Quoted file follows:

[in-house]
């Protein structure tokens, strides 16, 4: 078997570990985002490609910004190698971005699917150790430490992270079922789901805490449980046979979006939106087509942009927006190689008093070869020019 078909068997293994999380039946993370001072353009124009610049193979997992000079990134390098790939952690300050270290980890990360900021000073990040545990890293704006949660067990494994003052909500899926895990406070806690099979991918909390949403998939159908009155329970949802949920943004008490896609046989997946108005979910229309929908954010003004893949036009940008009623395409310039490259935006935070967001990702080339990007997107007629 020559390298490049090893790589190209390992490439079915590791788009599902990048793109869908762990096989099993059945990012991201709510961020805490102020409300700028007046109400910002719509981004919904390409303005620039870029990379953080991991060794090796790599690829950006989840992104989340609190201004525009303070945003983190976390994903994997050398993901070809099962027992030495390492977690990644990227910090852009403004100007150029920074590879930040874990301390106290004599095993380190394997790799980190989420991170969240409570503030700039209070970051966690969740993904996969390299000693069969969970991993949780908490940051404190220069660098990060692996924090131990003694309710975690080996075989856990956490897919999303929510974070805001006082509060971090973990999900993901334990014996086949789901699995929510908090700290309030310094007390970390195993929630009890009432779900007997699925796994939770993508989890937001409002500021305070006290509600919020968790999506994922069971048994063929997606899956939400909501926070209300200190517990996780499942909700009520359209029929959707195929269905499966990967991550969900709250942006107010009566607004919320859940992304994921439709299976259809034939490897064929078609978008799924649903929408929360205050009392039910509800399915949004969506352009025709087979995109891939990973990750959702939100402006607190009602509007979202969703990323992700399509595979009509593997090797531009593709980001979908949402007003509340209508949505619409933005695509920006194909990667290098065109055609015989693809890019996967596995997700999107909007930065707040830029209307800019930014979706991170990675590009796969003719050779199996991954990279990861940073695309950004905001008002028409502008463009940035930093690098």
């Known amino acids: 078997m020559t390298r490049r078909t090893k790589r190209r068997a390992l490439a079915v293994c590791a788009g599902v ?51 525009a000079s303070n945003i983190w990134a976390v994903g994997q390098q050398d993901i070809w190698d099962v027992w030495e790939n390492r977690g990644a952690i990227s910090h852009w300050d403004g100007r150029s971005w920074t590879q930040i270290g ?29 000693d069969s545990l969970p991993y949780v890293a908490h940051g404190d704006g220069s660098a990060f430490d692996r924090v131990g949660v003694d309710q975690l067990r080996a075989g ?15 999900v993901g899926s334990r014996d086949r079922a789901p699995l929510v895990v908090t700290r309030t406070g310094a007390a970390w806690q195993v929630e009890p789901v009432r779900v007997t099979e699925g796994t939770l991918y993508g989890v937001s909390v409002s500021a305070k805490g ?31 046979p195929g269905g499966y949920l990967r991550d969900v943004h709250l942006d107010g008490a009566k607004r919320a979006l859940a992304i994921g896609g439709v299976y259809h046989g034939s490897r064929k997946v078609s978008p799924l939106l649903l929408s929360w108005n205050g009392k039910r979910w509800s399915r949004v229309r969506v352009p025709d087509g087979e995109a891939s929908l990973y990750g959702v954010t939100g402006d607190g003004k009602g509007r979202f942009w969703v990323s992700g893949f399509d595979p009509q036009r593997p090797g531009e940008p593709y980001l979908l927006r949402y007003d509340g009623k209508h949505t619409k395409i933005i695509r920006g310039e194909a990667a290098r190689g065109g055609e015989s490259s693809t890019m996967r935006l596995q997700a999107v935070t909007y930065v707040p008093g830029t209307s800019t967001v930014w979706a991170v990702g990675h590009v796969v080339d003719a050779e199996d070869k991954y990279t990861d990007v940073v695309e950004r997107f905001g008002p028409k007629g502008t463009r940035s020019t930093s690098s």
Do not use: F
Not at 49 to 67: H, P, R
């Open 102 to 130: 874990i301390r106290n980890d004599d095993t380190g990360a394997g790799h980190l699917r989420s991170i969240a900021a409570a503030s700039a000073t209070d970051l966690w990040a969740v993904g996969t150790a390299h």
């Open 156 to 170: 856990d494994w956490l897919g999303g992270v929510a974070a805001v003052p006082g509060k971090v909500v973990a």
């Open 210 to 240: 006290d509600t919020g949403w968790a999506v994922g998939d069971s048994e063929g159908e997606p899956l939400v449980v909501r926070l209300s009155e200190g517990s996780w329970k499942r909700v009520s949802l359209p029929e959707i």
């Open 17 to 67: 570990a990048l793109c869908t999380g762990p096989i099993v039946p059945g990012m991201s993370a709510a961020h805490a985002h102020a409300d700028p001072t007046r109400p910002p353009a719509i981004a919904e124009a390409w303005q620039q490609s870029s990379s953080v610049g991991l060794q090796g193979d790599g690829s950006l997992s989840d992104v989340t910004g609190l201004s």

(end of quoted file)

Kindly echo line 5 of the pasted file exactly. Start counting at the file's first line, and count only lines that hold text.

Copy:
Not at 49 to 67: H, P, R